- “No, you can’t do that. You’re a girl. You need to write about girl heroes. Also, don’t get exotic. Really. Can you write something set in England?”
- 2003: “Yes, I know this is a secondary series in an established fantasy world. Yes, I know it’s a great story. And it has plenty of romance. But you have to tell it from a female POV. You can’t sell male POV.”
- 2005: “Female POV. Romance. Fantasy. You’re good at it. Don’t write anything different. And no, no male protagonist. Please.”
- 2009: “We love this strikingly unusual cross-genre book! It’s brilliant! We just hate to let it pass. But Marketing feels it’s too ‘girl-friendly’ for science fiction.”
- 2010: “This is full-on, grand-scale, old-fashioned space opera. Twenty years ago we’d have killed to get our hands on it. Unfortunately, we just can’t sell a book like this any more, unless you’ve been publishing books like this for, well, the past twenty years.” – Actually I would have, I wanted to, I tried. But.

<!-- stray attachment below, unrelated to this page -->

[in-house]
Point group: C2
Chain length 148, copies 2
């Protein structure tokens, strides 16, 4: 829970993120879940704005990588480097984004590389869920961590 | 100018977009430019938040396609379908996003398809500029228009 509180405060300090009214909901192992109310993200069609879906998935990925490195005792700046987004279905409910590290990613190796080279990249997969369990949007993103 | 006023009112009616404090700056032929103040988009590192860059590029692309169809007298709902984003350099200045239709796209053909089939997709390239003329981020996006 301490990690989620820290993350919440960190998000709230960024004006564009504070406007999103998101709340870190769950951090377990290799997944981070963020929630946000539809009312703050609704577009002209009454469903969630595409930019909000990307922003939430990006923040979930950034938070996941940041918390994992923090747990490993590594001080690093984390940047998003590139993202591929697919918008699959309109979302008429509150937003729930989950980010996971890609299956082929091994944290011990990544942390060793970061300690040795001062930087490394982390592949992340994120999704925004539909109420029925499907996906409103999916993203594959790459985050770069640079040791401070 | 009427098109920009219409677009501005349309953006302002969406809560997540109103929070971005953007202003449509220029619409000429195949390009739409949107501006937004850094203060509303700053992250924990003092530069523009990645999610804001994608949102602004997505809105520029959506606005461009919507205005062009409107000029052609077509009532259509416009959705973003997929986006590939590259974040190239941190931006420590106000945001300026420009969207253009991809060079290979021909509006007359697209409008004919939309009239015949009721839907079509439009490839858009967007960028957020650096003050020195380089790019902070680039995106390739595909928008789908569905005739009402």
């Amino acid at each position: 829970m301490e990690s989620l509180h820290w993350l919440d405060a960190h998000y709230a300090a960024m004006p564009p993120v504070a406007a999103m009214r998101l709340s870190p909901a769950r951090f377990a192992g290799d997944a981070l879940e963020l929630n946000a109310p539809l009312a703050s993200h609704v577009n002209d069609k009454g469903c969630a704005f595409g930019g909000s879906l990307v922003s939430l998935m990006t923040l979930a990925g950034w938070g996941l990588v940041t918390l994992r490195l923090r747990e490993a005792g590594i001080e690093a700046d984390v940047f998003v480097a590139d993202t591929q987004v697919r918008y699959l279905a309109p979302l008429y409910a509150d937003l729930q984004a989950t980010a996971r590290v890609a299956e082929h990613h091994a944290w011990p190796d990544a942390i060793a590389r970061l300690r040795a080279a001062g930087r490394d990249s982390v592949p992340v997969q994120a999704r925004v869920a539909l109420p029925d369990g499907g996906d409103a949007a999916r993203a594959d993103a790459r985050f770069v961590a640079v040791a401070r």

- 2011: Time to think really seriously about that androgynous pseudonym. No, not because I’m giving up. Because I’m the mood to experiment, and I like to test hypotheses in the real world. A woman writing science fiction set in the medieval period is, by universal fiat, writing fantasy. Likewise if the science fiction is set in a preindustrial technological period, though it’s actually a prequel to a cycle of space operas that predated Stargate by a fair few years. One of those got sneaked into print a few years back as, you guessed it, a fantasy. With a pointed historical sting in the tail. (Points if you can guess, accurately, which one that is.)(It’s not under a pseudonym.) Now it might be the tech level that’s doing it, but all things considered…
I’m deliberately leaving out the Conclusions and Analyses here. You may draw your own conclusions, and detect your own patterns. But I think you can see why I feel the Russ Pledge is important, and why I’m actually rather optimistic about the direction our genre (if not necessarily the current incarnation of its publishers) is taking.